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Kenya Deports Somalis Without Trial
Bashir Makhtal's family say he is a business man, not an Islamic Courts fighter
Nairobi, February 16, 2007 – More than 50 people have been arrested in Kenya, near the Somali border and deported without court hearings, Mohammed Adow, Al Jazeera's correspondent in Nairobi, has reported.
Bashir Makhtal, a Canadian citizen, and his wife's uncle were among those arrested last month and sent back to Somalia.
The family said the two men had fled the fighting in Somalia but the Kenyan government sent the men back without a court hearing or a chance to appeal. Aziza
Osman, Bashir's wife, said: "My husband is innocent. He is a businessman. He was running away from the violence when he was arrested.
"The Kenyan authorities wrongfully deported him. I don't know whether he is still alive and well. My plea is that he be returned safely to me."
The Kenyan authorities said her husband was with about 100 Union of Islamic Courts fighters and their families who tried to illegally cross the frontier.
Adow said: "So far, half of these people, including women and children, have been forced back to Mogadishu."
A four-year-old girl was held in police custody for thirty days before being released, he added.
Within days of the arrests, lawyers turned up at the Nairobi high court to argue their clients' cases but all the government provided was a passenger manifest.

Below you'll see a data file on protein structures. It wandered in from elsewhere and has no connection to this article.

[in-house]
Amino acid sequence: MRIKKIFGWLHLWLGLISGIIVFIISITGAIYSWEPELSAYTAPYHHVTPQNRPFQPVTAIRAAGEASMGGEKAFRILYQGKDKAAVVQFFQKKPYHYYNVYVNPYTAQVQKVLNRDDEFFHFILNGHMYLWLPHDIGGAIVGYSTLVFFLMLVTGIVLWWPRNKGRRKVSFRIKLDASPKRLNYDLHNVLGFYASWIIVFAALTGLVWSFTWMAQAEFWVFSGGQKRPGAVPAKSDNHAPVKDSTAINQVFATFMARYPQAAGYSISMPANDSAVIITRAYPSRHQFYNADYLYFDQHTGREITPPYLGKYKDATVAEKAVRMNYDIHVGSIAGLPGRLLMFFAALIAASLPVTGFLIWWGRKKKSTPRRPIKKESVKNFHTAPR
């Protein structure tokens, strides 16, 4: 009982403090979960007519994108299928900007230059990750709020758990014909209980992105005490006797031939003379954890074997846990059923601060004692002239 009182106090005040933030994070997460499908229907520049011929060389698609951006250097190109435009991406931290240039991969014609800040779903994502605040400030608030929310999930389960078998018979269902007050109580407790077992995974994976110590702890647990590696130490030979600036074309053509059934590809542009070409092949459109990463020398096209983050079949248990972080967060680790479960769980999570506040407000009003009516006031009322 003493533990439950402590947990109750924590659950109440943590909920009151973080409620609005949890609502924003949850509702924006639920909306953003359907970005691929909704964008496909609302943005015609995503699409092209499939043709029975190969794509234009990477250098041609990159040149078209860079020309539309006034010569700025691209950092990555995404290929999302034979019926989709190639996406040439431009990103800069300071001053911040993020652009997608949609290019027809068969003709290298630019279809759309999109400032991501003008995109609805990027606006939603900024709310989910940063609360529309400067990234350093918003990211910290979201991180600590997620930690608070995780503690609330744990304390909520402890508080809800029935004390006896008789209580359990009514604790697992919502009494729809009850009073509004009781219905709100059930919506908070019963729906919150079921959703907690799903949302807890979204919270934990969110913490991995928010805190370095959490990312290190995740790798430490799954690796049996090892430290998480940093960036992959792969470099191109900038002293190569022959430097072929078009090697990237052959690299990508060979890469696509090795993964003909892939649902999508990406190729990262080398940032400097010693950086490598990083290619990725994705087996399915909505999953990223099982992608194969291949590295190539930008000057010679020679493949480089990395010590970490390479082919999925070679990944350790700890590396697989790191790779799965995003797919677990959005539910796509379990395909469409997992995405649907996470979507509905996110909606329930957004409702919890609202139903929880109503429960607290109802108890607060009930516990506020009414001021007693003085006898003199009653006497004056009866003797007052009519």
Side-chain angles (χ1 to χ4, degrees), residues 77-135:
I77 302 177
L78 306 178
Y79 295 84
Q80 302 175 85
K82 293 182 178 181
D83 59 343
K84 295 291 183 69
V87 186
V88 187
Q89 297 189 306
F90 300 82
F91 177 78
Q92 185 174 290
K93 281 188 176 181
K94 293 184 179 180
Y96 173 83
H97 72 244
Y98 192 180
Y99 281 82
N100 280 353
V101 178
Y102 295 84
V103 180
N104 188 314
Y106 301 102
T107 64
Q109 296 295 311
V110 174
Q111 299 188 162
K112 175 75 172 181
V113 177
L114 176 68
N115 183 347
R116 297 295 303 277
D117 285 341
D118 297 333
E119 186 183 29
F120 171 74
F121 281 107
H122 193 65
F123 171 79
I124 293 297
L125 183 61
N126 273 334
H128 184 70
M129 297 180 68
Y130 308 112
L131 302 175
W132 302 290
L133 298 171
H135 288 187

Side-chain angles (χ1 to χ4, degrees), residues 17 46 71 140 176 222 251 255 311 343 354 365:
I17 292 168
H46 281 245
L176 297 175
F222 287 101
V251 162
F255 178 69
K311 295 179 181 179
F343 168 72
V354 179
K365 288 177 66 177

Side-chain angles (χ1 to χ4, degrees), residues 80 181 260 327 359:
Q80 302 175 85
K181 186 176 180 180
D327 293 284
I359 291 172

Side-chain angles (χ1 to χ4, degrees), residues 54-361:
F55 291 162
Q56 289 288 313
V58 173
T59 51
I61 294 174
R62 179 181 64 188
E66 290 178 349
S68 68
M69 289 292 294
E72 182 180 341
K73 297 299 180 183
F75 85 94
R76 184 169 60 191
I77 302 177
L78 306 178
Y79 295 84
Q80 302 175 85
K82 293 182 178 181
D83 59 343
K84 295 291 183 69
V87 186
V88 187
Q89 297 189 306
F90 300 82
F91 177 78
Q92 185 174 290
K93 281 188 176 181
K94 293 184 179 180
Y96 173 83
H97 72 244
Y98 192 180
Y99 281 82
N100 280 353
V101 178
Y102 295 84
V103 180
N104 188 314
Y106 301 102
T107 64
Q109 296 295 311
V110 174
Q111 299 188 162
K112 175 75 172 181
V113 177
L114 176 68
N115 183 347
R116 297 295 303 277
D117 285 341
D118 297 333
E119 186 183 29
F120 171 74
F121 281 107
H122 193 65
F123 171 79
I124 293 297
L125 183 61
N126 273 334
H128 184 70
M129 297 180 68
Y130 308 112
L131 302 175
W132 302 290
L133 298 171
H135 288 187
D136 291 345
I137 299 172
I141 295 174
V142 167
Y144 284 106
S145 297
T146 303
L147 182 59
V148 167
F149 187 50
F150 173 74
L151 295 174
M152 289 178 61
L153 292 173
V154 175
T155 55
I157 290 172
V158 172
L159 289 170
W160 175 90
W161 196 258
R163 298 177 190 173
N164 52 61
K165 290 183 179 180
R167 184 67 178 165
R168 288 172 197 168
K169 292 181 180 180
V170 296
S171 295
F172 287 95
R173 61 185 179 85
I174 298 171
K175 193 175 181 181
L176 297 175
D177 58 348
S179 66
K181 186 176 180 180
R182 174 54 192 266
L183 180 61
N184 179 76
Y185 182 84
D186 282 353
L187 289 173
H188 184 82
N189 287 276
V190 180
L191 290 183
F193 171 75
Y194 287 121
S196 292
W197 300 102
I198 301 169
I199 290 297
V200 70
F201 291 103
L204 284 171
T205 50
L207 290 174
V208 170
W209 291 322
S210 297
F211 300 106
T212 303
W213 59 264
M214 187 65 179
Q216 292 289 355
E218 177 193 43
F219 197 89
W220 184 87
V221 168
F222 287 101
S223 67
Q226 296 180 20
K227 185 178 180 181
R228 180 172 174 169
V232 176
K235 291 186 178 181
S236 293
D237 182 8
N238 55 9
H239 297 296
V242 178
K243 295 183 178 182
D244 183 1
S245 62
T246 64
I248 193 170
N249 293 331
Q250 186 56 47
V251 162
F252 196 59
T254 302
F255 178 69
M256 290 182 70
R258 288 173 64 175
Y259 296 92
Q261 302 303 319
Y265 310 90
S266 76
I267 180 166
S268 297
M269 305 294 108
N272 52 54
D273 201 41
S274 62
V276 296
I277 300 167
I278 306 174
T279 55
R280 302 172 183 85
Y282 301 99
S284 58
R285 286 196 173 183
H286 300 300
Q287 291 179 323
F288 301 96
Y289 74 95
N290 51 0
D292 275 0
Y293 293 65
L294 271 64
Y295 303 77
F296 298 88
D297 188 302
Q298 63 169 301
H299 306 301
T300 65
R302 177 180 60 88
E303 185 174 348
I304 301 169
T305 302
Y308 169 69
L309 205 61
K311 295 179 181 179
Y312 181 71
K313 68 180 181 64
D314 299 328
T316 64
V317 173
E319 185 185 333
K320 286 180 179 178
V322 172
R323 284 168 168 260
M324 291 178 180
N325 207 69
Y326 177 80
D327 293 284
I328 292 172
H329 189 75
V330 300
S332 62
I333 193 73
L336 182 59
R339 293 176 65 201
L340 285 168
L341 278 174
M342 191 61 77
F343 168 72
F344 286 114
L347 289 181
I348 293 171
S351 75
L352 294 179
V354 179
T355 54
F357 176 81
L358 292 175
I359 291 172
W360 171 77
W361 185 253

More than 50 people were put on a plane and flown out of Kenya before the courts could act.
Speaking about the status of the Somalis as refugees, Alfred Mutua, a Kenya government spokesman, said: "The Kenyan government is not aware of any conflict that is posing a danger to the lives of the people of Somalia.
"If you go to Mogadishu today, if you go to Baidoa and others, you're not seeing bodies on the streets, you're seeing people continuing with their daily lives.
"And Somalia has a government - the transitional government of Somalia that is in control of the situation."
One of the lawyers for the deportees, Harun Ndubi, strongly disagrees.
Ndubi said: "The international refugee law, the Geneva convention, has been broken by Kenya. The international human rights law has been broken.
"There is international customer law that has been broken also by the Kenya government taking people ... who are likely to be executed, taking them back, without the judicial process which they are entitled [to] wherever in the world they are."
Kenyan Muslims often feel victimized by what the government says is a campaign against terrorism, Adow said.
Aziza and her mother said they have heard no word from their loved ones since their deportation.
They join a lengthening list of people angry and frustrated with their government's actions.
Source: Al Jazeera
Aziza Osman, left, said she had not heard from her husband since he was deported